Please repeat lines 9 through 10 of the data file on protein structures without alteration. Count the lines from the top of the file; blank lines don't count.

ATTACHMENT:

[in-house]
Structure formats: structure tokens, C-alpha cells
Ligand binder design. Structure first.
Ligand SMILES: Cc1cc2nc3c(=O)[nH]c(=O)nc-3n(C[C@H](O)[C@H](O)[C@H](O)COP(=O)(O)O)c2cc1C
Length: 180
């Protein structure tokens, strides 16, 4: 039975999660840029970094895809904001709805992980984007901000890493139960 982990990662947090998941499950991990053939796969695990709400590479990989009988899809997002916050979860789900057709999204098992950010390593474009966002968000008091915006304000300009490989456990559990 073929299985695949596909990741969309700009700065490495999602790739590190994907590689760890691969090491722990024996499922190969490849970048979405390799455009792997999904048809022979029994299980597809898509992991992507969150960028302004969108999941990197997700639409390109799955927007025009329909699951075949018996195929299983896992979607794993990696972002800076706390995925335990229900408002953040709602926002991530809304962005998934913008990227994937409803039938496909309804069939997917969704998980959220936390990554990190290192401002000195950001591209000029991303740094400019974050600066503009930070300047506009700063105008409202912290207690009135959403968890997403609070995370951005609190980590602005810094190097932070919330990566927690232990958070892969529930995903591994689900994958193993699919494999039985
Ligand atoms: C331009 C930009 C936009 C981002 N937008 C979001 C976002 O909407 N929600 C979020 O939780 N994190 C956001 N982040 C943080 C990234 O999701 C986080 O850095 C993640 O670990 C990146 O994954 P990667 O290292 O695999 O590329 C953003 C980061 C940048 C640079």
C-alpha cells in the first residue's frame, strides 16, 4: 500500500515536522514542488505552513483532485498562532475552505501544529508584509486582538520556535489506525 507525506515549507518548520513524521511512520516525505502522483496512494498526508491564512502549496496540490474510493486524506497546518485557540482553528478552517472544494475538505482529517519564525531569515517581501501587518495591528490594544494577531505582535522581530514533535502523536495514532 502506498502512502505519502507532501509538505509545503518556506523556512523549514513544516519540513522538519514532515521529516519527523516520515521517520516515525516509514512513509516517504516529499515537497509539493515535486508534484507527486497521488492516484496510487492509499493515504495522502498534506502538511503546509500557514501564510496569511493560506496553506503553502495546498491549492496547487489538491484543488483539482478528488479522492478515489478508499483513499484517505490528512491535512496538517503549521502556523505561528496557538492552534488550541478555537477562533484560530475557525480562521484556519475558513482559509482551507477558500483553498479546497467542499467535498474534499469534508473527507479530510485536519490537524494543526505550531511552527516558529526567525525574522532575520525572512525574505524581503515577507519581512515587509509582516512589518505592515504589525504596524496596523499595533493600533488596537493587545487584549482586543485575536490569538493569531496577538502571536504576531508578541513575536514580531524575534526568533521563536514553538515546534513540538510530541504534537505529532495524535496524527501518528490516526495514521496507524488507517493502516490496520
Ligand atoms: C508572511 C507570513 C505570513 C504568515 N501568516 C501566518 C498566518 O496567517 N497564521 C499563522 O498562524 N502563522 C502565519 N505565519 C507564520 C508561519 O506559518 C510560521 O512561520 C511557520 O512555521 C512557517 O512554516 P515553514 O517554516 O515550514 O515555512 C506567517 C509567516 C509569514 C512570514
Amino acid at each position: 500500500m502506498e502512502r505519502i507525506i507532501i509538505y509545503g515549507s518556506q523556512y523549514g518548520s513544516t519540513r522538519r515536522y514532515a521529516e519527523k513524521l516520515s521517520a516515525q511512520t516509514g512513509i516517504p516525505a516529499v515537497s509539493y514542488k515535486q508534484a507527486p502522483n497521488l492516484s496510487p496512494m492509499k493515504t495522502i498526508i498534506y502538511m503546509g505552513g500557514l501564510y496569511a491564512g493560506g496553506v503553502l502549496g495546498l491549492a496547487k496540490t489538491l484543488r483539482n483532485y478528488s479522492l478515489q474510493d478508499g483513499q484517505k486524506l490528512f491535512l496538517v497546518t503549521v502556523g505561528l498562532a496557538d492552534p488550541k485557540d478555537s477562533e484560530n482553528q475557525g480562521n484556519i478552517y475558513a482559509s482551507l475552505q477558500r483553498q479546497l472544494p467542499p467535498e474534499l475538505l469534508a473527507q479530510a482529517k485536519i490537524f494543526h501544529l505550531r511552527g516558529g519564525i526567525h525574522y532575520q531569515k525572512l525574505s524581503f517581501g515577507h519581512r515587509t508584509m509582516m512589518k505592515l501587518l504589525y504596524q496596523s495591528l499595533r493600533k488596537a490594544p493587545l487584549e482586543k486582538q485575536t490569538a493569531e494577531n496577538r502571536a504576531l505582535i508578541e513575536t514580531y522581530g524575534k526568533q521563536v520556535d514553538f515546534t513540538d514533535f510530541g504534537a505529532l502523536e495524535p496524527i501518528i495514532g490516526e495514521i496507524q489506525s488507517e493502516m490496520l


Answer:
Ligand atoms: C508572511 C507570513 C505570513 C504568515 N501568516 C501566518 C498566518 O496567517 N497564521 C499563522 O498562524 N502563522 C502565519 N505565519 C507564520 C508561519 O506559518 C510560521 O512561520 C511557520 O512555521 C512557517 O512554516 P515553514 O517554516 O515550514 O515555512 C506567517 C509567516 C509569514 C512570514
Amino acid at each position: 500500500m502506498e502512502r505519502i507525506i507532501i509538505y509545503g515549507s518556506q523556512y523549514g518548520s513544516t519540513r522538519r515536522y514532515a521529516e519527523k513524521l516520515s521517520a516515525q511512520t516509514g512513509i516517504p516525505a516529499v515537497s509539493y514542488k515535486q508534484a507527486p502522483n497521488l492516484s496510487p496512494m492509499k493515504t495522502i498526508i498534506y502538511m503546509g505552513g500557514l501564510y496569511a491564512g493560506g496553506v503553502l502549496g495546498l491549492a496547487k496540490t489538491l484543488r483539482n483532485y478528488s479522492l478515489q474510493d478508499g483513499q484517505k486524506l490528512f491535512l496538517v497546518t503549521v502556523g505561528l498562532a496557538d492552534p488550541k485557540d478555537s477562533e484560530n482553528q475557525g480562521n484556519i478552517y475558513a482559509s482551507l475552505q477558500r483553498q479546497l472544494p467542499p467535498e474534499l475538505l469534508a473527507q479530510a482529517k485536519i490537524f494543526h501544529l505550531r511552527g516558529g519564525i526567525h525574522y532575520q531569515k525572512l525574505s524581503f517581501g515577507h519581512r515587509t508584509m509582516m512589518k505592515l501587518l504589525y504596524q496596523s495591528l499595533r493600533k488596537a490594544p493587545l487584549e482586543k486582538q485575536t490569538a493569531e494577531n496577538r502571536a504576531l505582535i508578541e513575536t514580531y522581530g524575534k526568533q521563536v520556535d514553538f515546534t513540538d514533535f510530541g504534537a505529532l502523536e495524535p496524527i501518528i495514532g490516526e495514521i496507524q489506525s488507517e493502516m490496520l